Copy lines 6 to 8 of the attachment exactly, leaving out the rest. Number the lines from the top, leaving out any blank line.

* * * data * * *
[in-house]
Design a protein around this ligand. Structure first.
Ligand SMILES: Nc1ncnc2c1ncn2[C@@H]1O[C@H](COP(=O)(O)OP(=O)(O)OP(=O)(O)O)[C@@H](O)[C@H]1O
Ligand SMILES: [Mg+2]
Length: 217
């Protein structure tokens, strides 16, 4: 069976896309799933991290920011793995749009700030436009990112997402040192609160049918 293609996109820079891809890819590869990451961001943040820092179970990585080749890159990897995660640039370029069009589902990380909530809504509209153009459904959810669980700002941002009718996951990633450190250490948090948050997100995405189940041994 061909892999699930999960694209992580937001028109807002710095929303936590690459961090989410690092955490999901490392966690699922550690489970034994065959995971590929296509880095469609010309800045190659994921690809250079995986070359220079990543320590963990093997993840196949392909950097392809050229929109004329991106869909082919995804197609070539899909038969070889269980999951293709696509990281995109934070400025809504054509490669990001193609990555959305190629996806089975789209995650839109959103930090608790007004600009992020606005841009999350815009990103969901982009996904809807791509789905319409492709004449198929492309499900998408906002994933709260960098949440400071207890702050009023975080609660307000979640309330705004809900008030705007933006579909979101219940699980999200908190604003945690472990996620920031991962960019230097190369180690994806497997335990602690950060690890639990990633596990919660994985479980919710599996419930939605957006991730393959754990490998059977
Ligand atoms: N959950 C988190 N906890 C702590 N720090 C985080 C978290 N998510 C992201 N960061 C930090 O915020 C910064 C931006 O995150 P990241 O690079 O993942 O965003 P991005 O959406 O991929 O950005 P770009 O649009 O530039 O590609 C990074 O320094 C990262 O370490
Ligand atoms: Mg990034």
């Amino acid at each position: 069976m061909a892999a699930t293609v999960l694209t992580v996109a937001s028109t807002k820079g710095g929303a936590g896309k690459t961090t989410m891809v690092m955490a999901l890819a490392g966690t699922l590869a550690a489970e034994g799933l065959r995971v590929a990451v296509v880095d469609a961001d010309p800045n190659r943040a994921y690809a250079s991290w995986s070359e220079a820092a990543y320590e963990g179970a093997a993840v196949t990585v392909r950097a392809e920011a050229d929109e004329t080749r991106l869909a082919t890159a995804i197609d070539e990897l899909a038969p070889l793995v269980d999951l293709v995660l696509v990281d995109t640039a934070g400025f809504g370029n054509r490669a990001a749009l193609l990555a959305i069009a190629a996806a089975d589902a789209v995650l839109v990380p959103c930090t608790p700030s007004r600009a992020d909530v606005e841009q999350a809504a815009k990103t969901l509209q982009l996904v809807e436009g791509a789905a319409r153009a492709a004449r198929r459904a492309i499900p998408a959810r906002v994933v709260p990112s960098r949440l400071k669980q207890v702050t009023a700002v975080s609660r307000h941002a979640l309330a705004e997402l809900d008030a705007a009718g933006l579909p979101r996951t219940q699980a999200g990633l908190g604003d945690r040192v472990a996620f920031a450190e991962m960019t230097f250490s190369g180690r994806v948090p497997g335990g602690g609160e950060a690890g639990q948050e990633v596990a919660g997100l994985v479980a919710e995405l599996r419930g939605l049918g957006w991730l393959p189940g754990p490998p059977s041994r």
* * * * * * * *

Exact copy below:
């Protein structure tokens, strides 16, 4: 069976896309799933991290920011793995749009700030436009990112997402040192609160049918 293609996109820079891809890819590869990451961001943040820092179970990585080749890159990897995660640039370029069009589902990380909530809504509209153009459904959810669980700002941002009718996951990633450190250490948090948050997100995405189940041994 061909892999699930999960694209992580937001028109807002710095929303936590690459961090989410690092955490999901490392966690699922550690489970034994065959995971590929296509880095469609010309800045190659994921690809250079995986070359220079990543320590963990093997993840196949392909950097392809050229929109004329991106869909082919995804197609070539899909038969070889269980999951293709696509990281995109934070400025809504054509490669990001193609990555959305190629996806089975789209995650839109959103930090608790007004600009992020606005841009999350815009990103969901982009996904809807791509789905319409492709004449198929492309499900998408906002994933709260960098949440400071207890702050009023975080609660307000979640309330705004809900008030705007933006579909979101219940699980999200908190604003945690472990996620920031991962960019230097190369180690994806497997335990602690950060690890639990990633596990919660994985479980919710599996419930939605957006991730393959754990490998059977
Ligand atoms: N959950 C988190 N906890 C702590 N720090 C985080 C978290 N998510 C992201 N960061 C930090 O915020 C910064 C931006 O995150 P990241 O690079 O993942 O965003 P991005 O959406 O991929 O950005 P770009 O649009 O530039 O590609 C990074 O320094 C990262 O370490
Ligand atoms: Mg990034």